You must be enrolled in Medicare Part B, which covers durable medical equipment (DME). DME refers to devices that are:
- Used for a medical reason at home
- Not useful for a healthy, uninjured person
- Expected to last at least three years
- Can hold up with repeated use
In this case, a hospital or nursing facility does not qualify as a home. If you’re in a skilled nursing facility, Medicare Part A will help cover any DME needed for up to 100 days.
Under what conditions will Medicare not cover oxygen therapy?
Medicare will not cover oxygen therapy and oxygen equipment for home use in these cases:
- Terminal illnesses, unless they hamper the ability to breathe.
- Severe peripheral vascular disease resulting in impaired circulation in extremities.
- If a person has angina pectoris but not hypoxemia (low oxygen in the blood).
- Breathlessness without evidence of hypoxemia or pulmonary heart disease.
Can I continue my rental after 36 months?
After the initial 36-month rental period, your supplier must keep providing oxygen equipment and related supplies for another 24 months if needed. If you still have a medical need for supplemental oxygen, your supplier must provide the equipment and supplies for up to five years. You will not incur any additional fees for these services.
Medicare will continue paying for a monthly delivery of gaseous or liquid oxygen contents. You will still be responsible for 20% of the Medicare-Approved amount.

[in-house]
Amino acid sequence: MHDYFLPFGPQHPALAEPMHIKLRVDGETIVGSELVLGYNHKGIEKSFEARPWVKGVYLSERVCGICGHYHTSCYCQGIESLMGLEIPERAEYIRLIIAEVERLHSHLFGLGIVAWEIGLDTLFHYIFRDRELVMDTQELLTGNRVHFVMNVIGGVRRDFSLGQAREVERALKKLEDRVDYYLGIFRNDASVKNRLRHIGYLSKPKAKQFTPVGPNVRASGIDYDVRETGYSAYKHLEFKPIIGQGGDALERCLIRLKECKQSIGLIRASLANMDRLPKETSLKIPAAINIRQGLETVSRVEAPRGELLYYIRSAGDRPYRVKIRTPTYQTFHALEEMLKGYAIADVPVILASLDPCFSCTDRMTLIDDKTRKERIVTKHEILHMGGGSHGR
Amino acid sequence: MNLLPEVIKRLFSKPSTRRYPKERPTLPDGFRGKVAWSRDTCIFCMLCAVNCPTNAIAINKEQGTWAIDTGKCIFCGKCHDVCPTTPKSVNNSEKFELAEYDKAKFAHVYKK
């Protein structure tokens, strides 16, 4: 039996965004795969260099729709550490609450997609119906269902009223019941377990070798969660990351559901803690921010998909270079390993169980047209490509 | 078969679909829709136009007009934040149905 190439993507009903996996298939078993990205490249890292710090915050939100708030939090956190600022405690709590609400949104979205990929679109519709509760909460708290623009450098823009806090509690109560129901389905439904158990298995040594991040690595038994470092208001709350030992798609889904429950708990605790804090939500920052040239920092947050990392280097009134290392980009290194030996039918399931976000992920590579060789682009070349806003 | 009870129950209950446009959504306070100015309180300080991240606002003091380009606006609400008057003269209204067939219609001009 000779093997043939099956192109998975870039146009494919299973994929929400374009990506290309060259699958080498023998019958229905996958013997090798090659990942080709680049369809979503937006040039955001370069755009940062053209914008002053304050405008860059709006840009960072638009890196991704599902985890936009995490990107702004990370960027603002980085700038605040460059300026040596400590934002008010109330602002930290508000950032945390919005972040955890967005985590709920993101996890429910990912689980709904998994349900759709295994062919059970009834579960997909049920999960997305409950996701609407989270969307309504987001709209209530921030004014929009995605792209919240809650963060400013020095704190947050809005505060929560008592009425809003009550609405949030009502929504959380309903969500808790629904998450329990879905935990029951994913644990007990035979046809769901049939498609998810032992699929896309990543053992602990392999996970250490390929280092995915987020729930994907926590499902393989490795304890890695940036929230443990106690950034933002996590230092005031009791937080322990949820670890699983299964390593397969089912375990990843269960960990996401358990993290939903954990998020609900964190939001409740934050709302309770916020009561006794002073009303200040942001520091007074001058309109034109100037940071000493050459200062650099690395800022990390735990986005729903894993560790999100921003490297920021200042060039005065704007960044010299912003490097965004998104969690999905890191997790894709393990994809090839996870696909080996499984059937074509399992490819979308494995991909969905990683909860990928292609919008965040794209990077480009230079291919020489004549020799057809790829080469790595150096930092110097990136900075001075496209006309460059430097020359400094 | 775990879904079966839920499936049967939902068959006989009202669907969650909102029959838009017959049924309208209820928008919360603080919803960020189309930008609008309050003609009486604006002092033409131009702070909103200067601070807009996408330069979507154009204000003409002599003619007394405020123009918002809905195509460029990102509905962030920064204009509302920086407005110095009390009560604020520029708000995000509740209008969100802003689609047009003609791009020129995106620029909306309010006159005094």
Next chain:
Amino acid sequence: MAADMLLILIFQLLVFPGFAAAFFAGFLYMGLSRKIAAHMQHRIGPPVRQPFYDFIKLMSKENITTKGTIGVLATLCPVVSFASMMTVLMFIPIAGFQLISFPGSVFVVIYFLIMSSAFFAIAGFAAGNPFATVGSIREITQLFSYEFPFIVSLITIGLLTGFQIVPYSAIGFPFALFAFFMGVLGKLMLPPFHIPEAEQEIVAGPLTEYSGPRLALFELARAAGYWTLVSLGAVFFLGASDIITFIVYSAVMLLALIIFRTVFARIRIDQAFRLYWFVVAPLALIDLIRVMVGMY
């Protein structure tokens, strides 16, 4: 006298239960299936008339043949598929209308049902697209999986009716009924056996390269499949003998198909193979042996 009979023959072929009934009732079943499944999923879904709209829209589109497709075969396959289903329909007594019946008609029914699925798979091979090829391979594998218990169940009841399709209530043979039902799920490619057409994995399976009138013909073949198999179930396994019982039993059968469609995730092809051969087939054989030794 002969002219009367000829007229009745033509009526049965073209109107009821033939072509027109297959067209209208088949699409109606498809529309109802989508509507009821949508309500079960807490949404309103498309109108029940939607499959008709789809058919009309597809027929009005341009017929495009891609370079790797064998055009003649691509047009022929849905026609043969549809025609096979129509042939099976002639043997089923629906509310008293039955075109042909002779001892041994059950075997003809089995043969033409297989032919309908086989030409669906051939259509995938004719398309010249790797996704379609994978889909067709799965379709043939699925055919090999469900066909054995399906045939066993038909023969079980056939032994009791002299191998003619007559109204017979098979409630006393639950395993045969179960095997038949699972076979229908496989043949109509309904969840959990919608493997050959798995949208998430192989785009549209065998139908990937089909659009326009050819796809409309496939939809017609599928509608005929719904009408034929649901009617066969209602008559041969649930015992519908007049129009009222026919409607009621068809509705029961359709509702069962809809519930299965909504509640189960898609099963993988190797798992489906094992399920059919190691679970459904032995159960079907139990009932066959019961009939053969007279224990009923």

The supplier that delivers this equipment owns the equipment during the 60-month (five-year) period. They must provide these items as long as you medically need them.
Your supplier is not required to provide oxygen and equipment after five years have passed. You can obtain replacement equipment from another Medicare-approved supplier if you still need supplemental oxygen.
Once a five-year period for your oxygen and oxygen equipment ends, a new 36-month payment cycle and a five-year supplier obligation cycle will begin.
If you are a Medicare beneficiary with heart, blood, or pulmonary conditions, you may be able to rent a portable oxygen concentrator to help increase your oxygen levels. Your healthcare provider and oxygen equipment supplier must be Medicare-registered and accept Medicare payment rates. You can access the equipment for up to five years through your Medicare Part B benefit.
Do you need a prescription for a portable oxygen concentrator?
Yes, the FDA only allows the rental and use of oxygen concentrators with a prescription. Giving yourself oxygen without medical oversight might cause you to get too little or too much oxygen, which may damage your organs. Your healthcare provider can show you how much oxygen you need and for how long.
Is a portable oxygen concentrator the same as an oxygen tank?
No, these devices are different. Although a portable oxygen concentrator is like an oxygen tank, it is smaller and easier to carry and transport. A POC uses an electrical pump to compress the continuous supply of oxygen coming from the surrounding air. A tank holds a store of oxygen, meaning it must be replaced when it is depleted.
Will Medicare pay for a portable oxygen concentrator?
Medicare will not help you purchase a portable oxygen concentrator, but it offers a monthly rental benefit for such equipment. Medicare Part B gives you access to this durable medical equipment (DME) if your doctor prescribes it for use in your home. Your doctor must verify that the POC is a medical necessity and the only viable solution for your breathing difficulties.
- Springer Link. Hypoxia: molecular pathophysiological mechanisms in human diseases.
- Medicare. Oxygen equipment & accessories.
- FDA. Pulse Oximeters and Oxygen Concentrators: What to Know About At-Home Oxygen Therapy.
- Medicare. Does your provider accept Medicare as full payment?
- CMS. Home Use of Oxygen.